If you'd like, now would be the time to let out a fake sigh of indignation and pretend that you were actually surprised.
In its 2008 corporate citizenship report, ExxonMobil promised to cut funding to groups who "divert attention" from the need to address climate change:
In 2008 we will discontinue contributions to several public policy research groups whose position on climate change could divert attention from the important discussion on how the world will secure the energy required for economic growth in an environmentally responsible manner.Though they did cut funding to a few controversial groups, recent reports show that, in spite of their public statements to the contrary, ExxonMobil has continued to fund climate change skeptics. As the Guardian reported:
Company records show that ExxonMobil handed over hundreds of thousands of pounds to such lobby groups in 2008. These include the National Center for Policy Analysis (NCPA) in Dallas, Texas, which received $75,000 (£45,500), and the Heritage Foundation in Washington DC, which received $50,000.Exxon's doublespeak shouldn't come as a surprise to anyone (via The Wonk Room):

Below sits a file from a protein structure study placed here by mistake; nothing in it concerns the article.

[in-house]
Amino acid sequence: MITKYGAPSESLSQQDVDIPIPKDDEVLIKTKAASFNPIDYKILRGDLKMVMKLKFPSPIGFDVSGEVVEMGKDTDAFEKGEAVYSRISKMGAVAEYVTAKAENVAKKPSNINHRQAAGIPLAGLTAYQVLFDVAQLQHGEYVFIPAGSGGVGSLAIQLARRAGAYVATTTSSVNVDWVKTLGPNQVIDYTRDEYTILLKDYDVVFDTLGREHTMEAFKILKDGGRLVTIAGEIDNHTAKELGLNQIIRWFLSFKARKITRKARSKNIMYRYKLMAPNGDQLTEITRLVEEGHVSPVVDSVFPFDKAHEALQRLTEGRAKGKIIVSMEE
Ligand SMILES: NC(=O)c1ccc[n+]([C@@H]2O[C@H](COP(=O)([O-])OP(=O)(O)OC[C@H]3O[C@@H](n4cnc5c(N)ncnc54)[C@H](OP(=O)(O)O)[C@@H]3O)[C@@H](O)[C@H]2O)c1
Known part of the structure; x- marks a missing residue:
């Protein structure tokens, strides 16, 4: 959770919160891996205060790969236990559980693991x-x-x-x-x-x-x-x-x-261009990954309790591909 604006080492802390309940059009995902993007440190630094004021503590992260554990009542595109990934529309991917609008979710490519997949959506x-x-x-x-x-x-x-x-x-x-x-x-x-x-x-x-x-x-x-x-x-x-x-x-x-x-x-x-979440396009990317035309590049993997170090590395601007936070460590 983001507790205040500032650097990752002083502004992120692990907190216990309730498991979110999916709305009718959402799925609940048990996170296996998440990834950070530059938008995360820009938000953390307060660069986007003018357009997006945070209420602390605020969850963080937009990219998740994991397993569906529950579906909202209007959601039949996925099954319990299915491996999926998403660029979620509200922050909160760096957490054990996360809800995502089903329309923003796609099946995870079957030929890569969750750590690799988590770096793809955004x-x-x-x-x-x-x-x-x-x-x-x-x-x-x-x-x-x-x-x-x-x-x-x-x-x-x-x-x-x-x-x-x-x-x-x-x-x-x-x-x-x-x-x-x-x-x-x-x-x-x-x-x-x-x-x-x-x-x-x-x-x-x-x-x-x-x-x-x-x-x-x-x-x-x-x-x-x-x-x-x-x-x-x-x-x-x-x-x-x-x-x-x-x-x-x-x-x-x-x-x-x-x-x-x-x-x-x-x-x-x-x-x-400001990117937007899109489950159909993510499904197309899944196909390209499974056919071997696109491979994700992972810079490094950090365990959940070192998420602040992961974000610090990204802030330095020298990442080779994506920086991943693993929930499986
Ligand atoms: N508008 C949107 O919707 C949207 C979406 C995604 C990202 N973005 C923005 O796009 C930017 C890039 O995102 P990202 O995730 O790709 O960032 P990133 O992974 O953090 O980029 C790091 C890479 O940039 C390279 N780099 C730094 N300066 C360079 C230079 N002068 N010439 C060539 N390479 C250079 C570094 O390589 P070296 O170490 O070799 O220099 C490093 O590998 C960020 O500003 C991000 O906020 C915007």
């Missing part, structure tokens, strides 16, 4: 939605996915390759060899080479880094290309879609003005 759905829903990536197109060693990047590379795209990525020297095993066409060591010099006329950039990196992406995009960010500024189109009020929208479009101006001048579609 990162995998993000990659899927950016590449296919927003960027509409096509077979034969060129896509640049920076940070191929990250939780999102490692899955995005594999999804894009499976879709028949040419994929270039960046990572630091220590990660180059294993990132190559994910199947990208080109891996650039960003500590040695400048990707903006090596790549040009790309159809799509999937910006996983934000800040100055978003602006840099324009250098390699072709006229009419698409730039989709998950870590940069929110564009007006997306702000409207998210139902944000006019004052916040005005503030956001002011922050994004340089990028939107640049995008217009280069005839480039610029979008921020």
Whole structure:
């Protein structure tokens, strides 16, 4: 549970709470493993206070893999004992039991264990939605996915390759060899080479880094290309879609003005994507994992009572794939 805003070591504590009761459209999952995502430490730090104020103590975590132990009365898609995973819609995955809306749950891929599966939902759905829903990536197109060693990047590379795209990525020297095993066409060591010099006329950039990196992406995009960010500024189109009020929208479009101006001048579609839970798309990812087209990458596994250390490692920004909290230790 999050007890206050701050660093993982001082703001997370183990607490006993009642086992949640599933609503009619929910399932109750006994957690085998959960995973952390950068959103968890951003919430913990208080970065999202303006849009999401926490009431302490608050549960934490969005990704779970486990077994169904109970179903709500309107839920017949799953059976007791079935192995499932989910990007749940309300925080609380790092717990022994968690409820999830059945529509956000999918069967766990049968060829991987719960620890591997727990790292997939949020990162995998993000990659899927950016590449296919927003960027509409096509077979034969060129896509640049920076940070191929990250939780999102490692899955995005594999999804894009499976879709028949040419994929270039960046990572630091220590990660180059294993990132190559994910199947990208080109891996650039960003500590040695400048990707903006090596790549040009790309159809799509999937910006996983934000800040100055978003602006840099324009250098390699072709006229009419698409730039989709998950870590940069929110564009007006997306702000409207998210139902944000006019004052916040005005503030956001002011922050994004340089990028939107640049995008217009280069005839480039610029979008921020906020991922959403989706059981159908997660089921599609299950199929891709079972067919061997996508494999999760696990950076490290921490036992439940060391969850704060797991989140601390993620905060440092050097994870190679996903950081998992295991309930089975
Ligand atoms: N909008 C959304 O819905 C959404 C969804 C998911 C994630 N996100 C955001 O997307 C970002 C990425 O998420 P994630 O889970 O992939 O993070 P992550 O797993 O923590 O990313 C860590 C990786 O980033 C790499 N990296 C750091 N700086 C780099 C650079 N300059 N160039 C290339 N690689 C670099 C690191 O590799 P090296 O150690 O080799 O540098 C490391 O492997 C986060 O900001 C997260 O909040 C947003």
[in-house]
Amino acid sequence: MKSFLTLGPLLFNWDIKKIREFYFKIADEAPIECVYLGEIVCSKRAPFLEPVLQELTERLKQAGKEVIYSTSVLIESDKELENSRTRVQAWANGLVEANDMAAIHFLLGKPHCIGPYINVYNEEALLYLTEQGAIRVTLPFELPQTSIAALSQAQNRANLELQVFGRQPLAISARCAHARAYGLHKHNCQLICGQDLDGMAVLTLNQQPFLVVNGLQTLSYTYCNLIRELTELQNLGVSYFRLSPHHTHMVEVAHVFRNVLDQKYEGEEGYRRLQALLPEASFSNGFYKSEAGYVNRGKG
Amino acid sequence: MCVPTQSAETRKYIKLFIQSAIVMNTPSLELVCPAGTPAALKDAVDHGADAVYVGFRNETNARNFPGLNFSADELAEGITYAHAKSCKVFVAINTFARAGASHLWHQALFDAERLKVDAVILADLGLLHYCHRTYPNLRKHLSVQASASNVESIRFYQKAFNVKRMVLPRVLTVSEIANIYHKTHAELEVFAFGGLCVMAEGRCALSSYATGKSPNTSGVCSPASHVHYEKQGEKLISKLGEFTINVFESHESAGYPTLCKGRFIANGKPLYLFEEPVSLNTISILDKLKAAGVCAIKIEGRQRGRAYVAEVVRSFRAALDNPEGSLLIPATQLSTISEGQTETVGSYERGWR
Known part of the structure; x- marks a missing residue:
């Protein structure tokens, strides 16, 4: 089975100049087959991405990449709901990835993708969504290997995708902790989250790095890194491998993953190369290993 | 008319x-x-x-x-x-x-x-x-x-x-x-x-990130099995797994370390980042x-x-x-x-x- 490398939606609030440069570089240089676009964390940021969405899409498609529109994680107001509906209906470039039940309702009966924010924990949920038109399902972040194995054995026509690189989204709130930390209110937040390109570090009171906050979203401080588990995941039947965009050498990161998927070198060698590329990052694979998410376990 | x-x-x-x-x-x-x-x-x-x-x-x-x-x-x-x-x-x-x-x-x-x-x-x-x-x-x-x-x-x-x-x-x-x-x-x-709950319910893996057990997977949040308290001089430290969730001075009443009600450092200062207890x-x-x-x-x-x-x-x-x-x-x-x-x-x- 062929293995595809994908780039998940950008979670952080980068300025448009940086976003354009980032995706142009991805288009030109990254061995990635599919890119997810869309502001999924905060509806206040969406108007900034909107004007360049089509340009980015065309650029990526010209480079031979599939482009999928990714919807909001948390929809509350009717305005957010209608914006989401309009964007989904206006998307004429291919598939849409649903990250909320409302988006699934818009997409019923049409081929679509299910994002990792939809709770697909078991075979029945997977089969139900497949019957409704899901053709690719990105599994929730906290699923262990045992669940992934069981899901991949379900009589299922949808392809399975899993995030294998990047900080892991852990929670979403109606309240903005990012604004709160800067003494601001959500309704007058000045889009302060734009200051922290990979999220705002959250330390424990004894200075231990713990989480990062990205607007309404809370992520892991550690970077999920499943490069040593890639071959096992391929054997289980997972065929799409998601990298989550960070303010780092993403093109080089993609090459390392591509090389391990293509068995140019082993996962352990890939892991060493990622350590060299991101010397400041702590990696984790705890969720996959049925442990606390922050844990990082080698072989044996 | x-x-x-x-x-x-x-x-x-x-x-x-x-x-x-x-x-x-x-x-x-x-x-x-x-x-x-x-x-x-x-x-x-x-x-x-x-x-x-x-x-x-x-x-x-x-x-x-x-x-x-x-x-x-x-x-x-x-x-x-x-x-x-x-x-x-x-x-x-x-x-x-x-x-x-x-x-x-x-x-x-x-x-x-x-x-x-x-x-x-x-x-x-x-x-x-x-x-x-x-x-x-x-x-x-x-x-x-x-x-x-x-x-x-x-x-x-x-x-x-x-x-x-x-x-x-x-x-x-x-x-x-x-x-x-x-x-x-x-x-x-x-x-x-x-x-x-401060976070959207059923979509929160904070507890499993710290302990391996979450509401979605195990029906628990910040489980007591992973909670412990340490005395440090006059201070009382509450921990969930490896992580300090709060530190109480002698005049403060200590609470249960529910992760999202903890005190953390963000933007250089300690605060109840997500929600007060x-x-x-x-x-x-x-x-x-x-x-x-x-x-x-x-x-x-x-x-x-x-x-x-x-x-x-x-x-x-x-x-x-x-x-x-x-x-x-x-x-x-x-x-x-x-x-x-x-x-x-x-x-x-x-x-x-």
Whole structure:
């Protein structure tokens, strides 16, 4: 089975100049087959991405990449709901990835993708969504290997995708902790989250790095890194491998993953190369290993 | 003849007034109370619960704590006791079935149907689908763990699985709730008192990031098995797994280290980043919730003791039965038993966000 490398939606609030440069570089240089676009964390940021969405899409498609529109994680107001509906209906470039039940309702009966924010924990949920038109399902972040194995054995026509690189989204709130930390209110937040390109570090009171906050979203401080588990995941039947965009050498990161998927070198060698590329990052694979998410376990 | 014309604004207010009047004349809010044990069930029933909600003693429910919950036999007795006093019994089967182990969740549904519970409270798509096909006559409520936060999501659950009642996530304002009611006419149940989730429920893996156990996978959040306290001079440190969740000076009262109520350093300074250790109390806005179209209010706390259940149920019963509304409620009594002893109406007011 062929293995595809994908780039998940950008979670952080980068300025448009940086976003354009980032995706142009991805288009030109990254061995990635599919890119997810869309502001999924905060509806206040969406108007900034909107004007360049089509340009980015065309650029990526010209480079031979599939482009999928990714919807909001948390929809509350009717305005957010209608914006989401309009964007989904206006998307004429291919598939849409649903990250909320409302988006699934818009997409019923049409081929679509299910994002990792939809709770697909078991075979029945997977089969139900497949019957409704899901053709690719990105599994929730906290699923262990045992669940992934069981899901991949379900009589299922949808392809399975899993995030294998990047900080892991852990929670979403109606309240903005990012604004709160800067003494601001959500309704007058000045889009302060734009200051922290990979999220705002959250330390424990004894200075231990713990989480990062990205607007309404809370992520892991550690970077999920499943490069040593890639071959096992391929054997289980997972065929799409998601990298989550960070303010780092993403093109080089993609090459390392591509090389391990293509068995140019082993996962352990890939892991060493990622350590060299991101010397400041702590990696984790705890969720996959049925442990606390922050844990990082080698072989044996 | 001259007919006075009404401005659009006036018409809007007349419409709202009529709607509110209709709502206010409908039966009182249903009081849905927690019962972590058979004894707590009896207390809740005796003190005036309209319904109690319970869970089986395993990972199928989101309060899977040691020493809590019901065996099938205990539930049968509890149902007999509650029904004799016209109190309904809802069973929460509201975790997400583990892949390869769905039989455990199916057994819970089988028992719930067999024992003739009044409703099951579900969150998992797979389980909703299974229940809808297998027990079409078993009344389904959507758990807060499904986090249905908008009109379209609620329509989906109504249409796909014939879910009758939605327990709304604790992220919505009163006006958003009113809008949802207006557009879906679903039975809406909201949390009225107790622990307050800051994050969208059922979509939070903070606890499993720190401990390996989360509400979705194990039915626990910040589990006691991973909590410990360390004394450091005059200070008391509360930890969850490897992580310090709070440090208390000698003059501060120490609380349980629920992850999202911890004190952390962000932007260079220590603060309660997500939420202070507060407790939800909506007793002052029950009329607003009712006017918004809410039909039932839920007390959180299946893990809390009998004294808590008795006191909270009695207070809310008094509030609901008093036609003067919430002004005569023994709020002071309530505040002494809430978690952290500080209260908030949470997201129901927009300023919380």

Just as ExxonMobil makes public promises to end funding to groups that work to deny climate change, it also has devoted millions to ad campaigns touting clean energy without actually investing significantly in renewable energy. In 2007, Exxon-Mobil spent $100 million on advertising and “green-washing” campaigns in an attempt to exaggerate their commitment to renewable energy, producing ads that focused on global warming, efficiency, and alternative energy. That’s despite the fact that ExxonMobil spent more on CEO Rex Tillerson’s salary than on renewable energy in 2007. While Tillerson took in $21.7 million, Exxon invested only $10 million or so in renewable energy – just a tenth of the amount they spent talking about investing in clean energy.So remember that 100 bucks you lent Exxon last week so they could pay their rent? Don't count on getting it back. Sure they promised they'd "pay you back right away, we swear," but they clearly don't have the best track record. Chances are the money's already gone anyway, seeing as how Exxon spent over $120 million lobbying Congress between 1998 and 2009.